Citing a sixty percent increase in data breach notifications from 2015 to 2016, New York Attorney General Eric Schneiderman recently introduced the Stop Hacks and Improve Data Electronic Security Act (SHIELD) bill. The legislation would require companies that handle sensitive date of New York residents to adopt “reasonable administrative, technical and physical protections for data.”

The proposed legislation would impose penalties of up to $5,000 per violation or $20 per each instance of failed notification, up to a maximum of $250,000. Small businesses would have less rigorous requirements, and there is a proposed safe harbor for employers of all sizes who obtain independent certification that their data protection measures meet the highest standards.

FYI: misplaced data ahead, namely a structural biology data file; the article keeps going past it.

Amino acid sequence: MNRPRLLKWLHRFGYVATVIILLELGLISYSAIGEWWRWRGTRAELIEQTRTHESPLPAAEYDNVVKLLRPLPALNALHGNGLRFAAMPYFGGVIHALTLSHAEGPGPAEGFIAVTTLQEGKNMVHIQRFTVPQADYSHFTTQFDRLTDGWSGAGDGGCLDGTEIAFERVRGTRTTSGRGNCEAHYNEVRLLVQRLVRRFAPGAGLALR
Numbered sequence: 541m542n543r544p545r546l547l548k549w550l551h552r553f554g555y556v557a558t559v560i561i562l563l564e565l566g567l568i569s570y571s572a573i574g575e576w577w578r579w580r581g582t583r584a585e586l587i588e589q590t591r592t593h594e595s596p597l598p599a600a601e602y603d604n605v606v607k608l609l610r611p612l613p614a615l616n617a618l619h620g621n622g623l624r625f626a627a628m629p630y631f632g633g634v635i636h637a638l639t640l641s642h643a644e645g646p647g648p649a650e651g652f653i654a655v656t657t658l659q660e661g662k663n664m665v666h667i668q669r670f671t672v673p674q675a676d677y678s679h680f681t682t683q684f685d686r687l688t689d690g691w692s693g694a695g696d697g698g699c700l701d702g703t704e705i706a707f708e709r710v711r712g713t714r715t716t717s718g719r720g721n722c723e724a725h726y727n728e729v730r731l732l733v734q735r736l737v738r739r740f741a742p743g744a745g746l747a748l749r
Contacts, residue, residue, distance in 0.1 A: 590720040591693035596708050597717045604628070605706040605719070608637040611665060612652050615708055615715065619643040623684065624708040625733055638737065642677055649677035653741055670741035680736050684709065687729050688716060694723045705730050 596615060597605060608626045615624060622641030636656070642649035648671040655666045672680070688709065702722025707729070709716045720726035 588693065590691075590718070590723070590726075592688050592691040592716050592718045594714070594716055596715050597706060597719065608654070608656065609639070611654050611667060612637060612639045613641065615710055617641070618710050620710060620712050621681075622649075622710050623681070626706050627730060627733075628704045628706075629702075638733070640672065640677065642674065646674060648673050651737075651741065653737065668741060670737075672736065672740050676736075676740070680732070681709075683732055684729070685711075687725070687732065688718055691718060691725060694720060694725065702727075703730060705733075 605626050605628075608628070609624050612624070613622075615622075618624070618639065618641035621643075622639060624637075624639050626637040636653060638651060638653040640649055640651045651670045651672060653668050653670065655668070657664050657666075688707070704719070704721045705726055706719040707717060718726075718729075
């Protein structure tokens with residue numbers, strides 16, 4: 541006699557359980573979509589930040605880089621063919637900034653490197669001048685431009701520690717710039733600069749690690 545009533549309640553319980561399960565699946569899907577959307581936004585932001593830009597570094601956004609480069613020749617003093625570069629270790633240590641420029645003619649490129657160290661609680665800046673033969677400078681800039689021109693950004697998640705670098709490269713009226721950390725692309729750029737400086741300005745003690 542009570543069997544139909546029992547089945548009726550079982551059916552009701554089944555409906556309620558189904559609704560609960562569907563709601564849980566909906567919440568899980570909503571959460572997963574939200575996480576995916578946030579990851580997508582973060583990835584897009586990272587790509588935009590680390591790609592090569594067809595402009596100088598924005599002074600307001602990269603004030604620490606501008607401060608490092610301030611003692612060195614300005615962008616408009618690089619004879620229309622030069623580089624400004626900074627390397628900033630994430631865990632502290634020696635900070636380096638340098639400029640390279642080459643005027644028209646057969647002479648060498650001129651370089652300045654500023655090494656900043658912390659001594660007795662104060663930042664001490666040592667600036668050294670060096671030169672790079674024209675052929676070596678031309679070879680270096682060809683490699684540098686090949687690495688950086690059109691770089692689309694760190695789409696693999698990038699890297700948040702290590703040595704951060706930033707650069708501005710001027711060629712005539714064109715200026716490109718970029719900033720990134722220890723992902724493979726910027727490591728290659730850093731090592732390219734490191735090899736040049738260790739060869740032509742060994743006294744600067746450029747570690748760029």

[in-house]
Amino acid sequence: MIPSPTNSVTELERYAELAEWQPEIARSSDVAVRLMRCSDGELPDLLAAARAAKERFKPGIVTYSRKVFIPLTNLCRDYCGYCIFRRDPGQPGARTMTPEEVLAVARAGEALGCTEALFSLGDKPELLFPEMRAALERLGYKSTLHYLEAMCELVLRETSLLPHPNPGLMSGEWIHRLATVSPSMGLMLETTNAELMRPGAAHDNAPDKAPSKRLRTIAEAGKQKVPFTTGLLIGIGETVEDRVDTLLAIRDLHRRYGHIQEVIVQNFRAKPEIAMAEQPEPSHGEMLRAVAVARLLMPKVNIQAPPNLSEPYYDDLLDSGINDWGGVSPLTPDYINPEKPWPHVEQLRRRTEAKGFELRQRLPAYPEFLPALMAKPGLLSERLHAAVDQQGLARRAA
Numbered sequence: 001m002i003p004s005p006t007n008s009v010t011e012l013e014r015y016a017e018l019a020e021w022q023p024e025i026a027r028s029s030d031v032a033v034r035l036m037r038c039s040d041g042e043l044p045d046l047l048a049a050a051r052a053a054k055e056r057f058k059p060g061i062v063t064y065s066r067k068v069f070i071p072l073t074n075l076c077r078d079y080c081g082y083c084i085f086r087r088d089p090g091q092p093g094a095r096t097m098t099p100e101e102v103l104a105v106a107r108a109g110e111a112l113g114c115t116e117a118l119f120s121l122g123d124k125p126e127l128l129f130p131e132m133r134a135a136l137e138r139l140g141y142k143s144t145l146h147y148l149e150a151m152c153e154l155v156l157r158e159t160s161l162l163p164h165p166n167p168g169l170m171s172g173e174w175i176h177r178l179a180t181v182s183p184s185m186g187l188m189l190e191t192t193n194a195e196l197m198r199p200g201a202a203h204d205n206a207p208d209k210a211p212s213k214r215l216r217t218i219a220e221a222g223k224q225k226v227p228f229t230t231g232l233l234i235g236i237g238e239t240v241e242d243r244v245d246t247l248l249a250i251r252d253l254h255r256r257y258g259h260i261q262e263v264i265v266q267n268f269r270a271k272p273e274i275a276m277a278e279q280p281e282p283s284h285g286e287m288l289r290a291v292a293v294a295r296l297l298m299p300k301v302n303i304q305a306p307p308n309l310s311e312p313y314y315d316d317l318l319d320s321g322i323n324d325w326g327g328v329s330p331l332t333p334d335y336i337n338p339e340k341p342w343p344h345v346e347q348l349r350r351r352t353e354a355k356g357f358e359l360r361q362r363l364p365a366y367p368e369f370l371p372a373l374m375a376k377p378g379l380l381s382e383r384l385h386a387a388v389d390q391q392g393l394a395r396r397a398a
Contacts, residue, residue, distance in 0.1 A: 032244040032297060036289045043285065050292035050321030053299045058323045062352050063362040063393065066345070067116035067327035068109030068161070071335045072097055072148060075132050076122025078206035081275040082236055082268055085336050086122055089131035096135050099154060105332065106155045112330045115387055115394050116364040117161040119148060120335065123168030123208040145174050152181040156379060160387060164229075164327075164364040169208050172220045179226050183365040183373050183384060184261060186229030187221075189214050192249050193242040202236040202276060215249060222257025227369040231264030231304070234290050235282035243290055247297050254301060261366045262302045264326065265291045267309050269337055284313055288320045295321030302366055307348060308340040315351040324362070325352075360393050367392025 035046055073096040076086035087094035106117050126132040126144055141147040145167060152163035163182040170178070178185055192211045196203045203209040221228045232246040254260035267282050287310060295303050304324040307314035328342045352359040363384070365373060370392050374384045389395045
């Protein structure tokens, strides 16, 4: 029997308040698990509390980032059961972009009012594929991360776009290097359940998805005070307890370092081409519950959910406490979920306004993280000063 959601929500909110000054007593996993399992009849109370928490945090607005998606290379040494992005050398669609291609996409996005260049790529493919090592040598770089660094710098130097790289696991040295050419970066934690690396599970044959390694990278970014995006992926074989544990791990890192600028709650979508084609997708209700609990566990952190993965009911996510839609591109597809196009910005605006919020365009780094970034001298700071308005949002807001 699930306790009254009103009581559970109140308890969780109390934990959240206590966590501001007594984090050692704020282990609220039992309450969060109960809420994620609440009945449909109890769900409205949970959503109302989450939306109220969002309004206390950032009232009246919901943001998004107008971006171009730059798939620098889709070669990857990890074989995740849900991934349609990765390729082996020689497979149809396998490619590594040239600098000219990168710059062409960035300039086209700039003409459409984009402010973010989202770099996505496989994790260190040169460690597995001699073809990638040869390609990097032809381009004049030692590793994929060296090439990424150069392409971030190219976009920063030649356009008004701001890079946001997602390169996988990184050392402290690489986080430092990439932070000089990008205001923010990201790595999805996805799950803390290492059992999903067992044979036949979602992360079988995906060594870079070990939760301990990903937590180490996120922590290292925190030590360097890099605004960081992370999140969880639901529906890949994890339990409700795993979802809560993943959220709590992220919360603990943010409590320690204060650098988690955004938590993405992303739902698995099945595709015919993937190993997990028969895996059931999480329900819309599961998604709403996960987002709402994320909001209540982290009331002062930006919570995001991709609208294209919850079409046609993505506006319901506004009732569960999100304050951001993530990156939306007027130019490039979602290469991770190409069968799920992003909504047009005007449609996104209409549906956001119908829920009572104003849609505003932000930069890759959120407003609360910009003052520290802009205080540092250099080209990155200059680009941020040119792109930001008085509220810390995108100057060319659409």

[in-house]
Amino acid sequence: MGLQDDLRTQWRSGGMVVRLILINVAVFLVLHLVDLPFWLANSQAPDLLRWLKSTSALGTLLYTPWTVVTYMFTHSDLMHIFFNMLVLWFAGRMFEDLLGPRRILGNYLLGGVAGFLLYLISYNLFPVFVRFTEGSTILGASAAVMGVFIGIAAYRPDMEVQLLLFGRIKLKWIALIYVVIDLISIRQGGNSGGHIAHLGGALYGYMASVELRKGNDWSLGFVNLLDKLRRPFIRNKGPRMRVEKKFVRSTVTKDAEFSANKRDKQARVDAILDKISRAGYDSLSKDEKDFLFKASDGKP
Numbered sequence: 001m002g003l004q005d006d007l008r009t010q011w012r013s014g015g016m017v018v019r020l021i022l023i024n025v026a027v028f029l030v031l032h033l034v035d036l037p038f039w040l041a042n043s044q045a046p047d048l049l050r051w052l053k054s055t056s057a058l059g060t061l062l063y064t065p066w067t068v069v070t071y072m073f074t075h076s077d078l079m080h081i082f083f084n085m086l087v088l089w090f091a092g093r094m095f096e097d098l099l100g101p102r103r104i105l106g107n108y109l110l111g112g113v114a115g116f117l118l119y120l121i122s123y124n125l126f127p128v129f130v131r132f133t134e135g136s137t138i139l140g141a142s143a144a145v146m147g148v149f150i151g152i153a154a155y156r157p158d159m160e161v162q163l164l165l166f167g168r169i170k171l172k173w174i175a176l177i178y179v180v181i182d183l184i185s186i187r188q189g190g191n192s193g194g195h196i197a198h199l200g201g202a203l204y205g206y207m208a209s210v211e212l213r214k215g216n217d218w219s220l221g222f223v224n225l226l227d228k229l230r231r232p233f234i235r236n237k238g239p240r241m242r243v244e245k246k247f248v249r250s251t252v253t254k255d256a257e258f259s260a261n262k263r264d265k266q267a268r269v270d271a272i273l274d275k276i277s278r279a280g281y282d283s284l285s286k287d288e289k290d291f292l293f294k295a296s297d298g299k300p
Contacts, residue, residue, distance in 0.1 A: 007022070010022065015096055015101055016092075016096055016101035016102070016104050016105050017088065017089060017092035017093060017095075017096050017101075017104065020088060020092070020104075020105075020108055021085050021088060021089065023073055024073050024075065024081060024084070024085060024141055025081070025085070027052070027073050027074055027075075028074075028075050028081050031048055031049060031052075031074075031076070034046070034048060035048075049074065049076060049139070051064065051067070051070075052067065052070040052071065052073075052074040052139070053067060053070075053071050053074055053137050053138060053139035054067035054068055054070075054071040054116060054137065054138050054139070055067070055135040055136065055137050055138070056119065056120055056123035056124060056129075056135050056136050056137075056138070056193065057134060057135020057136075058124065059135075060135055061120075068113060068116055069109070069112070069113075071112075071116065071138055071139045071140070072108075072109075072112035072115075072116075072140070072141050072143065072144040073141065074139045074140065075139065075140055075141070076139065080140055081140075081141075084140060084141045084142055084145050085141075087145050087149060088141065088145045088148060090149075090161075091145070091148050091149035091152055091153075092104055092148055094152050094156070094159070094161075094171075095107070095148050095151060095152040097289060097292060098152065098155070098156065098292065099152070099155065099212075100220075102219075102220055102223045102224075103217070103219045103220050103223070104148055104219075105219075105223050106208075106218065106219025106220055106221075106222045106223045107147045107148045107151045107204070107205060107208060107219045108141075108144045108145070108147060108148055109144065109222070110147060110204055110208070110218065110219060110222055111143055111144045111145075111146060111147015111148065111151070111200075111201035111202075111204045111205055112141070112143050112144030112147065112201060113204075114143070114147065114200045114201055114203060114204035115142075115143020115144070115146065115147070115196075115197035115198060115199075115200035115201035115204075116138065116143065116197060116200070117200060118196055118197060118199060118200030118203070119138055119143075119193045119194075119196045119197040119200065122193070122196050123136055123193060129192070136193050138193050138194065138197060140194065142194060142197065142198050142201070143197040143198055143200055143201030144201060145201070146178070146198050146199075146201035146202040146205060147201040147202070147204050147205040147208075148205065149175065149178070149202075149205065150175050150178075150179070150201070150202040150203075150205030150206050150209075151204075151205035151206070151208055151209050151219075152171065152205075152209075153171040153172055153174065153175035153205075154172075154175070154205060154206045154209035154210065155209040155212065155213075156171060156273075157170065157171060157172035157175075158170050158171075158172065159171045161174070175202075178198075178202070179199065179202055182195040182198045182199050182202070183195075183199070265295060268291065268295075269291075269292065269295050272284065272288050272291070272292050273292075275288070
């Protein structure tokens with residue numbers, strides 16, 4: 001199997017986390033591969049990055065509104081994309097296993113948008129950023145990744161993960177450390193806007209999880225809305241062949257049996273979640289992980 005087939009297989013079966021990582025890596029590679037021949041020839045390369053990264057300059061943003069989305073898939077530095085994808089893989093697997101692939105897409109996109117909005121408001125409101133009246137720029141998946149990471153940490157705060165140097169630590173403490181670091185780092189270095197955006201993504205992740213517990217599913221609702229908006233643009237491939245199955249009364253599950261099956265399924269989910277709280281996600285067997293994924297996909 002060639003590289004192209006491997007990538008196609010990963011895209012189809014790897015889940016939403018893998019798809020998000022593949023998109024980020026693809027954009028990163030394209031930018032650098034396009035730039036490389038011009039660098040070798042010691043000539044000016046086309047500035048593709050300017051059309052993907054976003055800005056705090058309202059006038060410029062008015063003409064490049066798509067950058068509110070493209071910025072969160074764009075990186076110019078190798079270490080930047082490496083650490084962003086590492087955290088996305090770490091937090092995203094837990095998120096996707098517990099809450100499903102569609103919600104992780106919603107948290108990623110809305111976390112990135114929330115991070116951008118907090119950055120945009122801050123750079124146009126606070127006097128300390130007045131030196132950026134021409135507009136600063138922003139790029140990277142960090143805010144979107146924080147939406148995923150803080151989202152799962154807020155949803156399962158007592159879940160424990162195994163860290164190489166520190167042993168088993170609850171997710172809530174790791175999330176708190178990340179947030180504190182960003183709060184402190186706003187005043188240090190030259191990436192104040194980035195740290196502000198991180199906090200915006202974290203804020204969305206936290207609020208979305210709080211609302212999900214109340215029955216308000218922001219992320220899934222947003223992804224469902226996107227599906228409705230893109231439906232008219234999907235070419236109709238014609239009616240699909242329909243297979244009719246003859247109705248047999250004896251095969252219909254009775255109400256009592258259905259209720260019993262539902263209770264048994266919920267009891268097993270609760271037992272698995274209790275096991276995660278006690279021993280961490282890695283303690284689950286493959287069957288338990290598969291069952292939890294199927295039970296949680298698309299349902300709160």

Currently, New York only requires that businesses safeguards personal information if that information contains a social security number, and to be held liable under the law, businesses must conduct business in New York. SHIELD would require that individuals be notified if sensitive personal information, such as social security number, biometric data, username/password combinations, and protected health data protected under HIPAA, is breached or stolen. Failure to comply with the legislation could result in a civil suit and penalties under the General Business Law. SHIELD will apply to companies operating outside the state if they handle the sensitive, personal data of New York residents.